Advisors poke new hole in ORPP

New research is suggesting an increase in CPP or ORPP contributions would do little to bolster retirement savings at the same time hit advisors where it hurts. But there may be an even bigger concern, say industry players.

Canadians will decrease their personal savings by one dollar for each additional dollar in CPP or ORPP contributions, the Fraser Institute suggests in new research. And that will directly affect the business of financial advisors across the country.
But there’s a more fundamental concern, say some advisors increasingly skeptical about the plan.
“How can I be confident as a taxpayer in a province with twice the debt of California and increasing debt servicing costs,” Kitchener advisor Mike Gentile told WP, “that Ontario will be able to effectively administer and manage my retirement money through ORPP (Ontario Retirement Pension Plan)?”
The findings of the Fraser Institute suggest that nothing will change with the implementation of ORPP in terms of savings. However, given that most Canadians have a problem saving and are hesitant about retaining a financial advisor — Ipsos Reid’s 2014 poll found less than 40% of Ontarians use one — it stands to reason that forced savings might be the way to go.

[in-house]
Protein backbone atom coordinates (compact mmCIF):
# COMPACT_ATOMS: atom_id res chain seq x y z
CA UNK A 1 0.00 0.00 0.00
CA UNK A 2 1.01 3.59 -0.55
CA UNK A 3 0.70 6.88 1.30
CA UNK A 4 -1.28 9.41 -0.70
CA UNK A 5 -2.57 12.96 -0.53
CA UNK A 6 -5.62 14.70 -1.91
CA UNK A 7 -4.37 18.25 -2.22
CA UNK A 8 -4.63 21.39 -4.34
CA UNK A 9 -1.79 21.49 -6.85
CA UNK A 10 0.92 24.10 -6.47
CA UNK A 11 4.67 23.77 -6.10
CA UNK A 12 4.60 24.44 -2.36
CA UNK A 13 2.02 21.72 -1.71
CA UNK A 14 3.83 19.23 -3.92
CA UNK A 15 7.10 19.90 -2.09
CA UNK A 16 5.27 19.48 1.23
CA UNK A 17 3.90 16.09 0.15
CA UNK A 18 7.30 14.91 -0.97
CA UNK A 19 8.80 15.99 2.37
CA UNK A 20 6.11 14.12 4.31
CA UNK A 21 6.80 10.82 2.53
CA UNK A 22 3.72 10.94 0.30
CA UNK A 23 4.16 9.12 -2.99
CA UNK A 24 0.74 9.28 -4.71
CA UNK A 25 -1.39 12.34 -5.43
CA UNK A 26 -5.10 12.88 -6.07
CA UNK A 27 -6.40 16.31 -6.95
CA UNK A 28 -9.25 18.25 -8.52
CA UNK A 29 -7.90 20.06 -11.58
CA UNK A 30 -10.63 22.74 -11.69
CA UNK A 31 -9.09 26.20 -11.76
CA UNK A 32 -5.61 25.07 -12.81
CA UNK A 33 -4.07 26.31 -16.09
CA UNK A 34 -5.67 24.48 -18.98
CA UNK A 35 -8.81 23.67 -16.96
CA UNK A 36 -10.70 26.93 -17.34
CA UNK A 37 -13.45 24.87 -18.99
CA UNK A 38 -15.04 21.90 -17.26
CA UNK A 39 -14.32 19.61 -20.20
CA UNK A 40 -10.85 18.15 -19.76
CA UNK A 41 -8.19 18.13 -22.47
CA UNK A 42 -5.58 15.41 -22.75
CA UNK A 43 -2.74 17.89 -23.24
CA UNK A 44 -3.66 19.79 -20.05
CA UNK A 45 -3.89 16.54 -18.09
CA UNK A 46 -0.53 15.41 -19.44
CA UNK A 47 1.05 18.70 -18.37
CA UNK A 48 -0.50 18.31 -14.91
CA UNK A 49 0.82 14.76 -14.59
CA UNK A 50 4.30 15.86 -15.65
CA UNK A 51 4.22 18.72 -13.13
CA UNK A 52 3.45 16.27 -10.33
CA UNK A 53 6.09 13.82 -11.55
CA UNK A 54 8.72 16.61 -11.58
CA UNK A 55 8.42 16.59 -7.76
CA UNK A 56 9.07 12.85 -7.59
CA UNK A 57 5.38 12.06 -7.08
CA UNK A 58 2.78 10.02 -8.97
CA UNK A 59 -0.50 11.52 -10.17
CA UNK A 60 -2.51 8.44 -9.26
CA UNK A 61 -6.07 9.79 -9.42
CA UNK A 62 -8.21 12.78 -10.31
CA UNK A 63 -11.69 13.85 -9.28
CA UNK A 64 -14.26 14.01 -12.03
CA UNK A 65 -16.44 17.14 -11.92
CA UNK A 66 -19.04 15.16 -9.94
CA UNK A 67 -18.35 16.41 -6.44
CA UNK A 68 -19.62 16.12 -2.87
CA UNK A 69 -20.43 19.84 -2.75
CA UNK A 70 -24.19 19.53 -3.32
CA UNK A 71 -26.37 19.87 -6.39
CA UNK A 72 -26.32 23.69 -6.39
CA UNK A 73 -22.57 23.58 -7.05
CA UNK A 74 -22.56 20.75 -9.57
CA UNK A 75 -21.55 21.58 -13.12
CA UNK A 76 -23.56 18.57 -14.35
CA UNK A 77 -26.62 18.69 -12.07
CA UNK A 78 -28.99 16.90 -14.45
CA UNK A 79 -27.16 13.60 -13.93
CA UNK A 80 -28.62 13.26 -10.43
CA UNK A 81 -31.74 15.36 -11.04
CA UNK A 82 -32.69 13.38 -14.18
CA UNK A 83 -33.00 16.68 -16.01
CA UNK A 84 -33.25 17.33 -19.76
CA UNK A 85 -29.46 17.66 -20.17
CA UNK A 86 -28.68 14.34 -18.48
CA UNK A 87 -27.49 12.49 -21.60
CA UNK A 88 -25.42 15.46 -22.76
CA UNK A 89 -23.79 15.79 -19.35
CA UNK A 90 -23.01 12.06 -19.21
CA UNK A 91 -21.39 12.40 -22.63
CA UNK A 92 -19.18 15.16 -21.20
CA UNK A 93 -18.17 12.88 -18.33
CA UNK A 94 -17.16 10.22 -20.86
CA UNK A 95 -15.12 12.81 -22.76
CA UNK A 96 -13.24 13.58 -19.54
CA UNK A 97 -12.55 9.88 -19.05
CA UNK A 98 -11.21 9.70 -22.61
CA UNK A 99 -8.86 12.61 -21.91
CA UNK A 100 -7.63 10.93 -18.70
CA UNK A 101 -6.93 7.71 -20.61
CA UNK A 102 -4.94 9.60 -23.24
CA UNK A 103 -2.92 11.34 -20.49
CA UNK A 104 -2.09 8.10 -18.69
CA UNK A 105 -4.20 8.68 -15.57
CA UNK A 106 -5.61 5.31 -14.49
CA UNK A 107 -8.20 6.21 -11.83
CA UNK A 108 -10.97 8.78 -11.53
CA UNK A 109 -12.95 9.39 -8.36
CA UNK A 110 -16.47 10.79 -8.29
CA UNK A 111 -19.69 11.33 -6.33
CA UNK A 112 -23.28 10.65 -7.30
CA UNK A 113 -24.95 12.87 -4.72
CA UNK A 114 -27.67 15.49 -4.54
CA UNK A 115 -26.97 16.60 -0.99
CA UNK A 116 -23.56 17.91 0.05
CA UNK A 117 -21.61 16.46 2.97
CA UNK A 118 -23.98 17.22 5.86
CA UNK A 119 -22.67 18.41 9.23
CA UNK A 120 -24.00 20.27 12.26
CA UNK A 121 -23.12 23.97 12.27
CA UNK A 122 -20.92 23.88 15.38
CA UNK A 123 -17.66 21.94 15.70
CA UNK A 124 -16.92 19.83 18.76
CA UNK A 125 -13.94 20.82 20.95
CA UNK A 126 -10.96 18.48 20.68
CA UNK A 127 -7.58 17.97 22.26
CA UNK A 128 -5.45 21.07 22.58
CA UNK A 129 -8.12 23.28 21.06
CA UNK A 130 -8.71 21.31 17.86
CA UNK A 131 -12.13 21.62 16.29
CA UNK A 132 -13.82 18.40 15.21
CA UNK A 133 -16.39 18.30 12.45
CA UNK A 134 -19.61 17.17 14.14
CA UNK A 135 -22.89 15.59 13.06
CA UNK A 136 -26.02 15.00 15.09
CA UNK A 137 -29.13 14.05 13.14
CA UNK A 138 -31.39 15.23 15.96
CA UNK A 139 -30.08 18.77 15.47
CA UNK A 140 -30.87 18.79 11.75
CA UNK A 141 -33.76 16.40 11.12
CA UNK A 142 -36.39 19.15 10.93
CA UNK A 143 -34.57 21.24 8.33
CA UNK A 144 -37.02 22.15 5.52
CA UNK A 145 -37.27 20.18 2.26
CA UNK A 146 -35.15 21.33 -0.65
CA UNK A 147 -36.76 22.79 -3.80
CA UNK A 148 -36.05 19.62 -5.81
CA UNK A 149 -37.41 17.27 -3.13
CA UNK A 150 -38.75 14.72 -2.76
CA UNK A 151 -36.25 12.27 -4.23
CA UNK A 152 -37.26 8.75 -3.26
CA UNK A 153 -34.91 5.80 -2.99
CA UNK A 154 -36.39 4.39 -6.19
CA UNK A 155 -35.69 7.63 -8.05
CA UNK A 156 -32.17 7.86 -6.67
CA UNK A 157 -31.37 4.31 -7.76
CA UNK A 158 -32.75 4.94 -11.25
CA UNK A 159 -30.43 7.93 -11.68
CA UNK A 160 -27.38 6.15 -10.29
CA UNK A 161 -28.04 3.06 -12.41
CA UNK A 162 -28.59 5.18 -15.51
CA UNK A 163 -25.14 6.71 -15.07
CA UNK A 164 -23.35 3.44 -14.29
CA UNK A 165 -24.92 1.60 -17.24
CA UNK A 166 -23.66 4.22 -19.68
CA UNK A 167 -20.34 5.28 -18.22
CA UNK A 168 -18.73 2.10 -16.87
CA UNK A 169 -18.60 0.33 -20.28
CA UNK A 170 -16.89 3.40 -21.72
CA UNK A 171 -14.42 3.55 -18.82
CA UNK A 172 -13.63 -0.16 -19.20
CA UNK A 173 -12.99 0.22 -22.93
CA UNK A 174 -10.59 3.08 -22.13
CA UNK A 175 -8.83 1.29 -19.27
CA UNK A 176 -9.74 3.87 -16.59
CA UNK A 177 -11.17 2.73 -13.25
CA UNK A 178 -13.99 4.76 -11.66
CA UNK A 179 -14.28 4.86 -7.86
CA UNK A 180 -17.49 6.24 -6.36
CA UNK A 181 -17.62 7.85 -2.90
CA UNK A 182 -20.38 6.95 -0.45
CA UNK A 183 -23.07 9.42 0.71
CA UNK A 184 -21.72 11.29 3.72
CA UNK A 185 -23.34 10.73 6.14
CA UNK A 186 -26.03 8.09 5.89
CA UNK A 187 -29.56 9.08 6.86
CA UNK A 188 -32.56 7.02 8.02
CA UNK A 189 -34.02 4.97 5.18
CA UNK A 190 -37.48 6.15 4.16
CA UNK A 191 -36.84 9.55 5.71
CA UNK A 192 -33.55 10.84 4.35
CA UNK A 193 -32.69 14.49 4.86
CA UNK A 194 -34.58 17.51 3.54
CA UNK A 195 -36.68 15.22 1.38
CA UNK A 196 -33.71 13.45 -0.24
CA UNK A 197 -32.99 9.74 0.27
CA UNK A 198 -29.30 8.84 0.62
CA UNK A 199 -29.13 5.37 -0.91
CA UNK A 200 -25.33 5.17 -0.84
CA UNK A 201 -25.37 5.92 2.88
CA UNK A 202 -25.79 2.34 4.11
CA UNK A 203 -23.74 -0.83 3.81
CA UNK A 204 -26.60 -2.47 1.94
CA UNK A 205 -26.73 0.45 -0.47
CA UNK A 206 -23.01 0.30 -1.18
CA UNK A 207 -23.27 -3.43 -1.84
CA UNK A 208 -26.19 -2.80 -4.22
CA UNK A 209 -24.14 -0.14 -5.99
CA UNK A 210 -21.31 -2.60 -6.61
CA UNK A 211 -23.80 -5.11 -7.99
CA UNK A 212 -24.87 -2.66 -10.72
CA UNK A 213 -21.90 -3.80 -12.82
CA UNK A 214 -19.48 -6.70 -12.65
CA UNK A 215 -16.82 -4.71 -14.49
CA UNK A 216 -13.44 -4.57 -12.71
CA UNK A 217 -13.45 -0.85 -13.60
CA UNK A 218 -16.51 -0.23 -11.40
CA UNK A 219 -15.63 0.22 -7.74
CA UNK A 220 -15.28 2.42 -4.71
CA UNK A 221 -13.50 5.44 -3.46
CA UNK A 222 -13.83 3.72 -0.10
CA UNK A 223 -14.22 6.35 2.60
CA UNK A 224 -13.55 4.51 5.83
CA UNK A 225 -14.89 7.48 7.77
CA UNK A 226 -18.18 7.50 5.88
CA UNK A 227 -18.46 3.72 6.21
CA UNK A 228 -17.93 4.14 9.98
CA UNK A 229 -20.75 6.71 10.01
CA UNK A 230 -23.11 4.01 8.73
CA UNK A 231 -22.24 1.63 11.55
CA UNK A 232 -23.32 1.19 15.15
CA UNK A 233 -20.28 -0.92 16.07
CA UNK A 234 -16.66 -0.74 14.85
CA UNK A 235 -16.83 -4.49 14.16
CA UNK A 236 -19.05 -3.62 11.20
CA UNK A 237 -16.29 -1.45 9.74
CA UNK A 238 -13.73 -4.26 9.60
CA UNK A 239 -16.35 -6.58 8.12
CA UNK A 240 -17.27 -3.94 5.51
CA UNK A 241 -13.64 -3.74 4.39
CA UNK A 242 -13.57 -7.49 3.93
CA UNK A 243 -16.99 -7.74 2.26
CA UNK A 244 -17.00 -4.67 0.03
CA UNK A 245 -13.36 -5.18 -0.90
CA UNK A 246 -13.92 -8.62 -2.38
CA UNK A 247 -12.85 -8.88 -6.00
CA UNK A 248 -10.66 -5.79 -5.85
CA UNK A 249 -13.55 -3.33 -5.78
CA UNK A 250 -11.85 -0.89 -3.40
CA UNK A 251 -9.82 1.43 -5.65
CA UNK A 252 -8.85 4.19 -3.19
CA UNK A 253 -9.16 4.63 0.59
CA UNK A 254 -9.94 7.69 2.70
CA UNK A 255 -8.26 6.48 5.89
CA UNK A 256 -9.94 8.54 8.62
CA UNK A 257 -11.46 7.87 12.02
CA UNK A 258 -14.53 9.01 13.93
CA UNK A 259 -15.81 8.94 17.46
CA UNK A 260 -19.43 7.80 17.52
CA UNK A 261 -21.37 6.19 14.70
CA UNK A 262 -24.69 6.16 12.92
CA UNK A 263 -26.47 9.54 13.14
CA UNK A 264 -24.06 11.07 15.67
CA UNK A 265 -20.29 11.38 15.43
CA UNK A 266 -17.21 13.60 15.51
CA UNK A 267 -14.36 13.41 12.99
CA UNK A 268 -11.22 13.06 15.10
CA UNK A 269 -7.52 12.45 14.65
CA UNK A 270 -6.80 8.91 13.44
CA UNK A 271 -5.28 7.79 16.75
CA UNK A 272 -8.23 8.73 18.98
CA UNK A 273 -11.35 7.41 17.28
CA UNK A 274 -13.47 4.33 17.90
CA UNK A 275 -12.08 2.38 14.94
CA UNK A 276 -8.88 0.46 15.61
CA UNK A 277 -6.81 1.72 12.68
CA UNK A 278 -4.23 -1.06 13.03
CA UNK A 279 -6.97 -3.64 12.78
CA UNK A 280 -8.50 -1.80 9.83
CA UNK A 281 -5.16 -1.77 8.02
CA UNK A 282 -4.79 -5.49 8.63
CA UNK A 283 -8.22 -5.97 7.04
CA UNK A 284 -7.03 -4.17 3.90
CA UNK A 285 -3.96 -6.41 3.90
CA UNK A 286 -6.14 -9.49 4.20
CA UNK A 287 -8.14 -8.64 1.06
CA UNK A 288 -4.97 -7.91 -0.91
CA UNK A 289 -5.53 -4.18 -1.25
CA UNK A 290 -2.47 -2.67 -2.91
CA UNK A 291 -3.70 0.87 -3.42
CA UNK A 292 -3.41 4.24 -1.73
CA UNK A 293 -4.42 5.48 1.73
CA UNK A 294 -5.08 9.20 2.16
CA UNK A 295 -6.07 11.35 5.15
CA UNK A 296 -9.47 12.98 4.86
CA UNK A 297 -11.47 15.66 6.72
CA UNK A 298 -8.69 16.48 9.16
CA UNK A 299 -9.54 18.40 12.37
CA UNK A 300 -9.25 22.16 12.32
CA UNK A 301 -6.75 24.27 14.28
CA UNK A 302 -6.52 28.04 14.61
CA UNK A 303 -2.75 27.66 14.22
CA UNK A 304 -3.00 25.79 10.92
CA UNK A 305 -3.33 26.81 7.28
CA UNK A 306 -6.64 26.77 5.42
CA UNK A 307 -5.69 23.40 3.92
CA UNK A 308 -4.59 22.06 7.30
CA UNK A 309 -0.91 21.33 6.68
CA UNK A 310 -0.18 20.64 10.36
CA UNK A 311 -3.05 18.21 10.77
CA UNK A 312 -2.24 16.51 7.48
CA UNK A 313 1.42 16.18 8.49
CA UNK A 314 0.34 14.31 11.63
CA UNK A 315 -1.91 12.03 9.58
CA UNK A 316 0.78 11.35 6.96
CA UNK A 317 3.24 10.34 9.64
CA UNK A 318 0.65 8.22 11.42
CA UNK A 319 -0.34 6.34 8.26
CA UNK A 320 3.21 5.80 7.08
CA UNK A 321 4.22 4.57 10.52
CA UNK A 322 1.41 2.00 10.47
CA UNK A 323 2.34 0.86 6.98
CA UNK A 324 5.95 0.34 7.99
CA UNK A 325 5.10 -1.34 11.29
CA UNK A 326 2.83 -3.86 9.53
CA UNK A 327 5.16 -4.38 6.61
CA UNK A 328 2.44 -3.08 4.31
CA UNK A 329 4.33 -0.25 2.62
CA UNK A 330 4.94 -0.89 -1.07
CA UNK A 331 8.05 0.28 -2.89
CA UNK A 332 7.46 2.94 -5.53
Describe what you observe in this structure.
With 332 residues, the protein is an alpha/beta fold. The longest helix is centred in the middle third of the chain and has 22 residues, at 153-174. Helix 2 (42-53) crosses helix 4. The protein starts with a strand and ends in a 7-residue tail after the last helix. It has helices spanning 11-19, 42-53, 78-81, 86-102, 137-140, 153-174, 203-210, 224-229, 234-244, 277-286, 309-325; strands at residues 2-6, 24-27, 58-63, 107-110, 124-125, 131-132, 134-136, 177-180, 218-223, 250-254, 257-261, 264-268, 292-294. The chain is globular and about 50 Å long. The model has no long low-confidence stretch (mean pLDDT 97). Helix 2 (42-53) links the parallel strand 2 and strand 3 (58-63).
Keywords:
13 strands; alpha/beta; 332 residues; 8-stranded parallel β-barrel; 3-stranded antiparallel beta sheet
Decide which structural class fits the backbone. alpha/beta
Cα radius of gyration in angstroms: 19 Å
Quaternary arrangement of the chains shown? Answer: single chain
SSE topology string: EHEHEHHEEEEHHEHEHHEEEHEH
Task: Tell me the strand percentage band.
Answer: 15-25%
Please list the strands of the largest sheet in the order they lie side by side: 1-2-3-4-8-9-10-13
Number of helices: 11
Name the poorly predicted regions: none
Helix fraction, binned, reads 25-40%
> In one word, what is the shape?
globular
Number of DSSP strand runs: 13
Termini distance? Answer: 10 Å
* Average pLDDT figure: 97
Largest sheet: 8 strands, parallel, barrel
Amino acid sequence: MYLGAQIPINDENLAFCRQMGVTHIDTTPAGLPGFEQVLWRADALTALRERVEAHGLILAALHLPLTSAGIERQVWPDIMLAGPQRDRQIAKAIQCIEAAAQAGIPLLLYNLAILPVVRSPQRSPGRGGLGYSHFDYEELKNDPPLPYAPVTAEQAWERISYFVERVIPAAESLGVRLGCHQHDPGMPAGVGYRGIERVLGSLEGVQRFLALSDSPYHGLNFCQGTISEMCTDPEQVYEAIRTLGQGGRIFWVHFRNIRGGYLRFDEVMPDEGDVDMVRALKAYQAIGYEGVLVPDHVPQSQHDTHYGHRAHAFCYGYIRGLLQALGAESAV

“Needless to say, people do not line up at any financial institution to make voluntary deposits to RRSP’s and TFSA’s,” wrote Gentile. “I believe that it is reasonable to say that in many, if not most, cases, it is the responsibility of financial advisors like myself, to persuade and educate people on how to save and how to benefit from various financial instruments.”
 The real problem according to Gentile is that it’s almost impossible to imagine the province of Ontario doing anything successfully when it comes to money management.
“It would appear on the surface at least, that the provincial Minister of Finance in the Province of Ontario is a very accomplished individual,” Kitchener advisor. “What I don’t understand is how he [Charles Sousa] and the provincial government arrived at the conclusion that it would be in the best interest of Ontarians to have another pension plan administered by another level of government.”